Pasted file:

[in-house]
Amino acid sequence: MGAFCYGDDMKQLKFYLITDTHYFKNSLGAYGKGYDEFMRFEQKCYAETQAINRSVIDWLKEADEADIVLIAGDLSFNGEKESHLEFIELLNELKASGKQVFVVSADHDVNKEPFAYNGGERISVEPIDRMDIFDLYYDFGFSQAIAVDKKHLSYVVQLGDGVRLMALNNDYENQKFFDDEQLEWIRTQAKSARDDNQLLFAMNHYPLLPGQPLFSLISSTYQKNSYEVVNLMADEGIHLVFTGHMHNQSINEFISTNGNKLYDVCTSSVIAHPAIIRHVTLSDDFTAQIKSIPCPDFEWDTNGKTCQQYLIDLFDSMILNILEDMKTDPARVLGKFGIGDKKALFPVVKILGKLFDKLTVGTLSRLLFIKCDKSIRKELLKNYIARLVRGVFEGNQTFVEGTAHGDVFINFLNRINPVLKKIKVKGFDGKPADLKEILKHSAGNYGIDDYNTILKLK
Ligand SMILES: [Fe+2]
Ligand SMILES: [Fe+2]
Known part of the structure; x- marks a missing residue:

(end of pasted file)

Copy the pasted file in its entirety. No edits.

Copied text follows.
[in-house]
Amino acid sequence: MGAFCYGDDMKQLKFYLITDTHYFKNSLGAYGKGYDEFMRFEQKCYAETQAINRSVIDWLKEADEADIVLIAGDLSFNGEKESHLEFIELLNELKASGKQVFVVSADHDVNKEPFAYNGGERISVEPIDRMDIFDLYYDFGFSQAIAVDKKHLSYVVQLGDGVRLMALNNDYENQKFFDDEQLEWIRTQAKSARDDNQLLFAMNHYPLLPGQPLFSLISSTYQKNSYEVVNLMADEGIHLVFTGHMHNQSINEFISTNGNKLYDVCTSSVIAHPAIIRHVTLSDDFTAQIKSIPCPDFEWDTNGKTCQQYLIDLFDSMILNILEDMKTDPARVLGKFGIGDKKALFPVVKILGKLFDKLTVGTLSRLLFIKCDKSIRKELLKNYIARLVRGVFEGNQTFVEGTAHGDVFINFLNRINPVLKKIKVKGFDGKPADLKEILKHSAGNYGIDDYNTILKLK
Ligand SMILES: [Fe+2]
Ligand SMILES: [Fe+2]
Known part of the structure; x- marks a missing residue: